(Graphic by Michael Dorame)
Heated discussion has taken place countless times throughout this county regarding how Emergency Medical Services should be run, and it seems almost all first responders have an opinion on the matter.
Some of the biggest debates have been between private verses fire department-run models.
One argument against private services is they’re all about money. Of course misuse of money is also a problem with many fire departments, just check out that chunky ‘medium duty’ ambulance compressing the cement in firehouses throughout the country.
Unless your patient is King Kong or Free Willy, what the heck?
But don’t unleash your rage on the rescue-Annie manikin just yet. I’m not saying all fire departments blow their money on shiny Mac-truck mammoth mods.
Going back to private services, I can say first hand that money does come into play. When I was working for one company, the owner constantly ran units with low oxygen and changed the tags on rigs to avoid payments while managing to keep them all looking ghetto-fabulous and committing enough Medicare fraud to buy an island.
When it comes down to it, good and bad management can be found in both fire departments and private services.
One danger that lurks within the fire department is viewing paramedic certification as simply a means to an end. Many aspiring firefighters look at medic school as their highway to the firehouse, as opposed to their life’s work, these people are dangerous.
The system Mission Viejo and Irvine use is one in which the Orange County Fire Authority contracts with private ambulance services to transport, while medics with the fire dept. run patient care.
They don’t have their own ambulances, and the crews on the private ambulances are capable of basic life support only, this results in rolling fire trucks needlessly.
It’s useless to roll a fire truck on a medical call, when all you need is an advanced life support ambulance. There are some medical calls that require more than two people, but certainly not all.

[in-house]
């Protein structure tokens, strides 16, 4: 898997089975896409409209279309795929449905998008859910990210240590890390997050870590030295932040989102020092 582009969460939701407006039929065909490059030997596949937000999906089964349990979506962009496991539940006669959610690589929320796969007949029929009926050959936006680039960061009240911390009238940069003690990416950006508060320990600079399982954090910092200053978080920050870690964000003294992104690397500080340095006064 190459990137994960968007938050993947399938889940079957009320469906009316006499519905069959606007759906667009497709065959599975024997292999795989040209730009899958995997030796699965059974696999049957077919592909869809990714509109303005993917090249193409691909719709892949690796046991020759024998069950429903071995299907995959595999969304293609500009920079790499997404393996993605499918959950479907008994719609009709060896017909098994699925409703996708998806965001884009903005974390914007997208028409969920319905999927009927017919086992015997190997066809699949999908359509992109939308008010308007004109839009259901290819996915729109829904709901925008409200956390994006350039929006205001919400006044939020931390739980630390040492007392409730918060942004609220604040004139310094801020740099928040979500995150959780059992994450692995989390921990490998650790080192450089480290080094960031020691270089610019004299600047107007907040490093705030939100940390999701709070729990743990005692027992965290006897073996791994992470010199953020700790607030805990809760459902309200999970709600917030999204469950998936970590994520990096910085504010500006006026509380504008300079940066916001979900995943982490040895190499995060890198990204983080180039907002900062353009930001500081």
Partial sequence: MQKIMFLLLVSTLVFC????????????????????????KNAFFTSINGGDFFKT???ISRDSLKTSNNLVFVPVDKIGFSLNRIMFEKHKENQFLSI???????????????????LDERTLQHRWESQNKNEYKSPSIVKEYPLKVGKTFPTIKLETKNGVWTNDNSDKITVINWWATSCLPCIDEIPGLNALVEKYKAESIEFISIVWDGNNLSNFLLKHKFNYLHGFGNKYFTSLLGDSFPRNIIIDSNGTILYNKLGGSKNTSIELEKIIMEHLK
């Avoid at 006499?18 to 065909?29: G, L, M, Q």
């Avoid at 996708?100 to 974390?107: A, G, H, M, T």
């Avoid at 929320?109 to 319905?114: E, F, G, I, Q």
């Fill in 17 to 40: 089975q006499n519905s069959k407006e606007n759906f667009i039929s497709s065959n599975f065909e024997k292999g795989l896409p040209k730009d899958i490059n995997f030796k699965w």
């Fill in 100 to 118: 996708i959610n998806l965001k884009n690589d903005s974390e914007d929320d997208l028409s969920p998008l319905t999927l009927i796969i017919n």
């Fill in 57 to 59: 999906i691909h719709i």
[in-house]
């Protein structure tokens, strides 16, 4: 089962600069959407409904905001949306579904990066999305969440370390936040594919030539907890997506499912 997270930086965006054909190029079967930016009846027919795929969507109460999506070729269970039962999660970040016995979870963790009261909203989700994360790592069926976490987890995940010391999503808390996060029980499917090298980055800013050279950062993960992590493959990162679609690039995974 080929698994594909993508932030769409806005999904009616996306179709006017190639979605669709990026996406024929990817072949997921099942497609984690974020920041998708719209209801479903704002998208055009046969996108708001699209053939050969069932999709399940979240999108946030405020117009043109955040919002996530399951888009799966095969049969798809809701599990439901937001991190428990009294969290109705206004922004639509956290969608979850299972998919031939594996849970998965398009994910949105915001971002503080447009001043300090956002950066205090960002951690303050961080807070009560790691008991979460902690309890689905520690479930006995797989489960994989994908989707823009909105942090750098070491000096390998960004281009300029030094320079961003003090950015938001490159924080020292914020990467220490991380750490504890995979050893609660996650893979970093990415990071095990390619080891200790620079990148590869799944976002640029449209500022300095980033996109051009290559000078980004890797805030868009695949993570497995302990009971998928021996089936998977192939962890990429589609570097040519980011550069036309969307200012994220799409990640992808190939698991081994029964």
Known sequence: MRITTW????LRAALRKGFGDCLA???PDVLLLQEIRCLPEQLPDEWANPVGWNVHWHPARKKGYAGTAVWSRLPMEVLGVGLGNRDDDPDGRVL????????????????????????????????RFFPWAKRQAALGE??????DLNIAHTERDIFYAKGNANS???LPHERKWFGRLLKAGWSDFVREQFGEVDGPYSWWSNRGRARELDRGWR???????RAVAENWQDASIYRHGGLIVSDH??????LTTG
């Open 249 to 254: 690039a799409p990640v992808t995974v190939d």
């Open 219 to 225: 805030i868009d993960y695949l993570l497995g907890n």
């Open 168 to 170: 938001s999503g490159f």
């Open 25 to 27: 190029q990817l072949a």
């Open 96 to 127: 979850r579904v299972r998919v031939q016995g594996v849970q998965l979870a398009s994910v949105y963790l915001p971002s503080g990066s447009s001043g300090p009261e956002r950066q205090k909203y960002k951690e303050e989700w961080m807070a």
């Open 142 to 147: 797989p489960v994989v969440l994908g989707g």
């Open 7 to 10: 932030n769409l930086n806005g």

If some dude just jacked up his back because his kid thinks it’s cute to steal daddy’s chair, he doesn’t need the whole battalion giggling in his foyer.
But seriously, rolling engines when you don’t need to, sucks valuable resources away from places that really need it, and that’s not cool.
Quality of workers is another piece of the puzzle. Having Paramedics who are burnt-out, calloused and jaded can be a very serious concern in pre-hospital emergency care.
The public doesn’t want EMS workers that treat them like they’re on an episode of cops.
They also don’t want medics who drop the f-bomb every other word while strapping them down to the backboard. When I was with the private service I mentioned earlier, I knew an employee who had no problem cussing around the patients.
In general it seemed to me that more of the jaded variety worked with private companies. I think competition weeds these folks out somewhat, and the competition is found in the fire departments.
You want a medic who’s aware of the fact that atrioventricular nodal re-entrant tachycardia is indeed a form of paroxysmal supra-ventricular tachycardia. And I happen to think that better compensating jobs attract those kinds of medics, and the cash is with the fire departments.
As a side note, I think paying entry-level Emergency Medical Technicians poorly is also a problem. When fast-food workers receive the same McPaycheck that EMTs do, something is wrong.
Another factor that comes up with using a third service or private contracted service is that when communities get slapped with a Multi Casualty Incident, it’s easier to deal with less agencies rather than more.
Adding to the issues that come with using contracted services, paramedics don’t have their own units to get familiar with and stock appropriately since they use various ambulances that don’t belong to them.
What if Ricky Rescue, working for brand x ambulance service, just labeled everything in the rig with his neat-o organizing system, that only makes sense for traumas?
Yet another problem posed by using private providers along side the fire dept is camaraderie and R.E.S.P.E.C.T.
In my experience, sometimes fire medics just didn’t see private ambulance workers as part of their circle. While some treated EMT-1s as lowly peasants, kind of like physicians treat them, others treated them as brothers and sisters in duty, the later is necessary for the best possible pre-hospital care.
In conclusion, because of the fact that fire departments offer better benefits and pay, not to mention the higher competition than private services, and the fact that managing large emergencies is easier with less agencies and the belief that medics should know their own units, I believe the most effective way to operate EMS is by a fire department, using its own ambulances, manned by two EMT-P level personnel, with a system of dispatching additional ALS units and fire engines only when needed.